What is hepatocellular carcinoma?
Hepatocellular carcinoma (HCC) is the third most common cause of cancer related death worldwide, and it is a major cause of death in patients with cirrhosis. The incidence of HCC has been increasing in the last 40 years, and the associated mortality is still increasing in the United States and Canada. Neoplasm formation in the liver is generally detected through ultrasonography, magnetic resonance imaging (MRI) or an abdominal computerized tomography (CT) scan. While these methods are accurate in the detection of HCC, they often fail to discover tumor formations until the later stages, which is also the main reason for the low survival rate of liver cancer. Therefore, early detection of tumors is very important for the treatment of tumors, and the use of biomarkers has greatly advanced early cancer detection, which generates better survival rates.
Figure 1. Global incidence of hepatocellular carcinoma. Sourced from GLOBOCAN 2012.
Types of hepatocellular carcinoma
Hepatocellular carcinoma (HCC) is a major killer among the malignant liver tumors and can be divided into two types: primary HCC and secondary HCC. Primary hepatocellular carcinoma (PHC) originates from either the epithelium or mesenchymal tissue of the liver and has a high incidence in China compared to second hepatocellular carcinoma (SHC). SHC refers to the invasion of the liver by malignant tumors originating different organs throughout the body. In general, it most commonly induced the liver metastases from malignant tumors of the stomach, biliary tract, pancreas, colon and rectum, ovary, uterus, lung, breast, and so on.
Risk factors for hepatocellular carcinoma
Risk factors leading to hepatocellular carcinogenesis include regional and age differences, hepatitis virus, aflatoxin, chemicals, cirrhosis and family inheritance. Most of the burden of liver cancer is in developing countries, where almost 85% of the cases occur. Most cases of HCC are associated with chronic hepatitis B virus (HBV) or hepatitis C virus (HCV) infections, which contributes up to 85% of HCC cases worldwide, The frequency of cirrhosis among patients with HCC has been shown to be 85%-95%, and the HCC incidence rate among cirrhotic patients has been estimated to be 2%-4% per year.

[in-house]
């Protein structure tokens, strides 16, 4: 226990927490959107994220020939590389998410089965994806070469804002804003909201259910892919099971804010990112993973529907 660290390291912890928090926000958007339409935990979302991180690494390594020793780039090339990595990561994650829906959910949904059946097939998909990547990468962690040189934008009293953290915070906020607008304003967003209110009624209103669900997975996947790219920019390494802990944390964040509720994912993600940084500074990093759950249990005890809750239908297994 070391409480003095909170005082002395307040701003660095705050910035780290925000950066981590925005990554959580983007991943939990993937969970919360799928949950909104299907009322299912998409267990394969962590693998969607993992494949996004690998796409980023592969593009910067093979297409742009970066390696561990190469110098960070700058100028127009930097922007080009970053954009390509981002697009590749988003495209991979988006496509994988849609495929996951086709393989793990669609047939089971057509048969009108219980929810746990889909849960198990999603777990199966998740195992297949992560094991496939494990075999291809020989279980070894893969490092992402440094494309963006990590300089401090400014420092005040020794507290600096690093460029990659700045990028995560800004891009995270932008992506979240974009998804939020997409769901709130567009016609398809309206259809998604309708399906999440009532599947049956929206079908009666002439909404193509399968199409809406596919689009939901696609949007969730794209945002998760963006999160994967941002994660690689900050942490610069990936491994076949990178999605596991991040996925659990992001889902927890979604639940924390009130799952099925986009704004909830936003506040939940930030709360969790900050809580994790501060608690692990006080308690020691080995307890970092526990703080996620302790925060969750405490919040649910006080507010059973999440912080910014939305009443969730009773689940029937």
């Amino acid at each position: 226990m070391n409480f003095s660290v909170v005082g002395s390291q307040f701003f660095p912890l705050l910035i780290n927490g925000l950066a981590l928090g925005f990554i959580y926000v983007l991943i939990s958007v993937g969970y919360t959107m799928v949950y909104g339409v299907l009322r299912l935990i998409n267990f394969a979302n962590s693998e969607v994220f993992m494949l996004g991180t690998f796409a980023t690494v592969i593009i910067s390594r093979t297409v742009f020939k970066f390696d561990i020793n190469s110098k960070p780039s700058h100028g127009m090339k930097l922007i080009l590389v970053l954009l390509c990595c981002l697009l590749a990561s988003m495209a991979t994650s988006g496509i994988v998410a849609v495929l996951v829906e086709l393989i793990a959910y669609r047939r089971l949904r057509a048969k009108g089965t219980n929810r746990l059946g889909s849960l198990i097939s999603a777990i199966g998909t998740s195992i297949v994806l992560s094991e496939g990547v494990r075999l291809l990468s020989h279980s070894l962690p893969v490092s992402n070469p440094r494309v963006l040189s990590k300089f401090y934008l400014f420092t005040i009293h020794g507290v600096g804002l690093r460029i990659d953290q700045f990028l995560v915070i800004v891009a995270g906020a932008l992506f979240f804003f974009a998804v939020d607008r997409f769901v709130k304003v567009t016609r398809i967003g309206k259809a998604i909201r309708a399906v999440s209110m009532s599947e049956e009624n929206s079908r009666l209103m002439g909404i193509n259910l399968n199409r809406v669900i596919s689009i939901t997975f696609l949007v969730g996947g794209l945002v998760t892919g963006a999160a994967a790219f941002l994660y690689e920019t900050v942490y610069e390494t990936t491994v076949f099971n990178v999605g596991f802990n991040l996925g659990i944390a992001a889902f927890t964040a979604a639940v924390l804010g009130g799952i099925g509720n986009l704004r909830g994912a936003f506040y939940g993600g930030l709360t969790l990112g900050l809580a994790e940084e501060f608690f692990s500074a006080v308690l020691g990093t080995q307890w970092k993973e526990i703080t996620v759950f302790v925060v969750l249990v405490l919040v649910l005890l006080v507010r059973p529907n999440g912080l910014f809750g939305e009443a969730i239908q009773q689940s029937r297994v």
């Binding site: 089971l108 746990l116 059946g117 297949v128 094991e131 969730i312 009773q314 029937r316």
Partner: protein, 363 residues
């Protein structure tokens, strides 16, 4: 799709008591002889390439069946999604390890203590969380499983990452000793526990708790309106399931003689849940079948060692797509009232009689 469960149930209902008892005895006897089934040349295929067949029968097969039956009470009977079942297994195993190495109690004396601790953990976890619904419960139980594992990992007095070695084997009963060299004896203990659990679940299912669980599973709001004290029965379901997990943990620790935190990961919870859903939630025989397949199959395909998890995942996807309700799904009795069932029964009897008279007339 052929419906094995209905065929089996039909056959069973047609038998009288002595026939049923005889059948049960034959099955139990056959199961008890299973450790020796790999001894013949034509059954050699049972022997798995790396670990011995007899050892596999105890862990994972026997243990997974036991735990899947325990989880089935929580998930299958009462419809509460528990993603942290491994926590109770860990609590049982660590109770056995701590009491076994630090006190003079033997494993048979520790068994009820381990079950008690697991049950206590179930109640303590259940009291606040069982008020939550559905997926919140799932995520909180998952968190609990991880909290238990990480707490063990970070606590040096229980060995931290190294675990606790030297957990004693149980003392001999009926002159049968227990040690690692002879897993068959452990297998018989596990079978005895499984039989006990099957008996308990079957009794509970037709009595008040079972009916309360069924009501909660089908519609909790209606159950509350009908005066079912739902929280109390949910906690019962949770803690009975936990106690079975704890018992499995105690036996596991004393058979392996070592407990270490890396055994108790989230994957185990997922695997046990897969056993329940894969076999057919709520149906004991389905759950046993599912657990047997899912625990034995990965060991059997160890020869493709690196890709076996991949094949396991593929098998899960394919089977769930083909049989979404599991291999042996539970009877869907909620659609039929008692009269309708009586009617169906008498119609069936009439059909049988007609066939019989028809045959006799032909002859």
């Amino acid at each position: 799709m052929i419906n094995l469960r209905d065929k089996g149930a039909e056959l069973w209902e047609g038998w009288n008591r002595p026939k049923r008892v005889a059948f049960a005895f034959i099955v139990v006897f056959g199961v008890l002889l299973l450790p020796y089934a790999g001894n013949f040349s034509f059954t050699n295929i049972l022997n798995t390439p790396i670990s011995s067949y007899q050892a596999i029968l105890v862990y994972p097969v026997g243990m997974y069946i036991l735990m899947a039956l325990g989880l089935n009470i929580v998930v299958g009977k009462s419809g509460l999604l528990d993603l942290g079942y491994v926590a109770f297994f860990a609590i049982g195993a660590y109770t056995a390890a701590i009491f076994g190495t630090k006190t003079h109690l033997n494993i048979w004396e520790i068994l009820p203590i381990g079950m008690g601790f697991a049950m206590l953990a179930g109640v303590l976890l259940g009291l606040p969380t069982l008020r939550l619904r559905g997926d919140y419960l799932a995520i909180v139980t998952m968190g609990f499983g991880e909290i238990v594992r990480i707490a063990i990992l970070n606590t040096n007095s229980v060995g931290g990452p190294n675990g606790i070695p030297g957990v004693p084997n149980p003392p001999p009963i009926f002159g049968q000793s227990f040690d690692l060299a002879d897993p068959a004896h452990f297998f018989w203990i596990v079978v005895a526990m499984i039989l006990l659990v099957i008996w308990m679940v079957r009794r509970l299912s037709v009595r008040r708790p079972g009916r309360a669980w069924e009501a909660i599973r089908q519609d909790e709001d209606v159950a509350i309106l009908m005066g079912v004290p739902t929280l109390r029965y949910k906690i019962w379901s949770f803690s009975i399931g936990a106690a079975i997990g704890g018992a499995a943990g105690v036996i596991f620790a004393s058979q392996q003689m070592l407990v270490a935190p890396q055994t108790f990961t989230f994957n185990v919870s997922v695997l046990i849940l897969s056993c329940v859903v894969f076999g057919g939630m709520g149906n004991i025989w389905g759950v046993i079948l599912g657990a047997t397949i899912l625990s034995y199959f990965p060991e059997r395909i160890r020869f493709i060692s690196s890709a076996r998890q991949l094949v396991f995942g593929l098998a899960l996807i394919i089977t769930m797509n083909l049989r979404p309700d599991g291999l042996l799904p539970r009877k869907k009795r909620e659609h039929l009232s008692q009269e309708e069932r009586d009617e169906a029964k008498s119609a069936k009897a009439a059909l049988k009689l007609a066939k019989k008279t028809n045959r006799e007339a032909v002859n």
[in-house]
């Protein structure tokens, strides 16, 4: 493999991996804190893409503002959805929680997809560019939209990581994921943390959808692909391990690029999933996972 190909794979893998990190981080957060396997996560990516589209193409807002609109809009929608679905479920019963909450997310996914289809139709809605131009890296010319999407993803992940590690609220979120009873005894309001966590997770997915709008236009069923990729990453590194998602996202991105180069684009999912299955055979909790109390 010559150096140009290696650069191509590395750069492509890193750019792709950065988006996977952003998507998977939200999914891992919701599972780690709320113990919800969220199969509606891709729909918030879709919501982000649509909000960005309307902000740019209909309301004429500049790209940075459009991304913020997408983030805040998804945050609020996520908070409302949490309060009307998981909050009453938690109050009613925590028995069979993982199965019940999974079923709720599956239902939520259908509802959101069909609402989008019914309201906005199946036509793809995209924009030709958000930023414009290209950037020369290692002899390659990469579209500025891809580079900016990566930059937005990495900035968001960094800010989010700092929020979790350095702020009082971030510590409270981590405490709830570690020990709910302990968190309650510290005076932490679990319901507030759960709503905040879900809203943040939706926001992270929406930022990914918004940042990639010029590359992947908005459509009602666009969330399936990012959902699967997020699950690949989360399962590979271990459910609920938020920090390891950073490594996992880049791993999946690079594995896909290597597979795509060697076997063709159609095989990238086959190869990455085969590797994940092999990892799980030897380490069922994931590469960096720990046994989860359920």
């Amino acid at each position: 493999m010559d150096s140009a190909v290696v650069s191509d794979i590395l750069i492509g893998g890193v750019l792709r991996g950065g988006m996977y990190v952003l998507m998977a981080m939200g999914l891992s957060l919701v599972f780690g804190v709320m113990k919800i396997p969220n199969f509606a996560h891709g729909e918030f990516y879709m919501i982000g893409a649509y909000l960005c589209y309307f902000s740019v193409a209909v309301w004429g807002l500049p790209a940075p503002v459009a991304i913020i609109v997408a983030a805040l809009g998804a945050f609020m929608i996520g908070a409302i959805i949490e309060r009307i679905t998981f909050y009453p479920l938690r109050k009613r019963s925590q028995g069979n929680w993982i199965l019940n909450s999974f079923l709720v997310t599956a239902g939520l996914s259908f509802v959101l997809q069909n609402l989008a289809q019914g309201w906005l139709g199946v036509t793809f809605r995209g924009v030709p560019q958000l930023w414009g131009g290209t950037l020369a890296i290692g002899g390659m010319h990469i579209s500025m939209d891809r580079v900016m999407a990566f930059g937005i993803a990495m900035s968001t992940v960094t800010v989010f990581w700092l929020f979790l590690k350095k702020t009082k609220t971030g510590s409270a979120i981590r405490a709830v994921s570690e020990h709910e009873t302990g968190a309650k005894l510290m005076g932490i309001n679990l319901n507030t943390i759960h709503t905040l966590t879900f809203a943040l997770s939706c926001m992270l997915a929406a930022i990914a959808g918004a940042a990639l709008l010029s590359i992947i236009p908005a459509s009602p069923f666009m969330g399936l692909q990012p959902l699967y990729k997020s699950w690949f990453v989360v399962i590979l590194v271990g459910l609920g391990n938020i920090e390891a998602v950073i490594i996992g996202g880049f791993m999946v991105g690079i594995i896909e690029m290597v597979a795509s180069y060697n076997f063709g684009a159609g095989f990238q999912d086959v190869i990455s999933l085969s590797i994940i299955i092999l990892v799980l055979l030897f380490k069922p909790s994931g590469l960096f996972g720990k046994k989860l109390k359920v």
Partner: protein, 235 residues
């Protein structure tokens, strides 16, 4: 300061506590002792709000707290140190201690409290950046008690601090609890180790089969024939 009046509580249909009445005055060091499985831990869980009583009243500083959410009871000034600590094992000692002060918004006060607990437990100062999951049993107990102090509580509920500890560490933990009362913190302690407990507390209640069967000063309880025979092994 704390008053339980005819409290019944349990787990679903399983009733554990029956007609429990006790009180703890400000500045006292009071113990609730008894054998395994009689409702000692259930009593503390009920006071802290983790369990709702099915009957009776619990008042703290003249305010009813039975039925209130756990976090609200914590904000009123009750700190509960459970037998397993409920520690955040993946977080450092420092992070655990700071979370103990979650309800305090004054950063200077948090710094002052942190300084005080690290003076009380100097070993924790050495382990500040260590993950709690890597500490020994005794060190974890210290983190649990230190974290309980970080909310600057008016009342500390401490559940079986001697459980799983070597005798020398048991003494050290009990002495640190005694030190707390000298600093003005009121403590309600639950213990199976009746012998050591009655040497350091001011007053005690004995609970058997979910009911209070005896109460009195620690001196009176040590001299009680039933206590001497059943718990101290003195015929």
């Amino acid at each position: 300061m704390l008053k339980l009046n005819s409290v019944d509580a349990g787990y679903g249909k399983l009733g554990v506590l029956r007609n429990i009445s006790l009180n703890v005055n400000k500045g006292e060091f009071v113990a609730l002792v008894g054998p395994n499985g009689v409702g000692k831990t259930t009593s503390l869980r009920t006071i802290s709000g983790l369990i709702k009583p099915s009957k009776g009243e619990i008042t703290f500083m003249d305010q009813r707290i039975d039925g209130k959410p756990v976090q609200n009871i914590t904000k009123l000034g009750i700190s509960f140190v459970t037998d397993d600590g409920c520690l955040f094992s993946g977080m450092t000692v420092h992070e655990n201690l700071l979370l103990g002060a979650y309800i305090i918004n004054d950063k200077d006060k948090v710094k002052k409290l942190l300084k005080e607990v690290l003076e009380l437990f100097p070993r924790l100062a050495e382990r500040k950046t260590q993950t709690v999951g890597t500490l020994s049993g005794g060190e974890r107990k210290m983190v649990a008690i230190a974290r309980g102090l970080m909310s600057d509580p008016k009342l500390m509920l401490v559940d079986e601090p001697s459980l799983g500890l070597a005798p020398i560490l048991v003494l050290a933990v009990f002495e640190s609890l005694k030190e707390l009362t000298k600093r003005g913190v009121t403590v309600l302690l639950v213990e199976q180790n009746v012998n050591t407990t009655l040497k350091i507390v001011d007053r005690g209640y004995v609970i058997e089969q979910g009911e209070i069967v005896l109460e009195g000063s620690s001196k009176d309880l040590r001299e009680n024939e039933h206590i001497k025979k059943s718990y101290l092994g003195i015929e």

Hepatocellular carcinoma proteins
Biomarkers are physiological, biochemical, immunological, and genetic changes in organs at the cellular and subcellular levels caused by a variety of organic and microenvironmental factors. Tumor biomarker is a set of substances produced and released by cancer cells, often existing in tumor cells or host body fluids in the form of antigens, enzymes, hormones, and other metabolites. These markers can help in tumor identification or diagnosis by assessing the change in their concentration within the body fluids, excretions, and tissues of cancer patients according to their biochemical or immunological characteristics. They can be roughly divided into two categories: secretion of cancer cells and expression in cancer cells. We elaborately classified the series of biomarker related to the HCC into five types according to their characteristics and existence.
Table 1. Biomarker related to the hepatocellular carcinoma
Protein biomarkers of hepatocellular carcinoma
Alpha-fetoprotein and alpha-fetoprotein-L3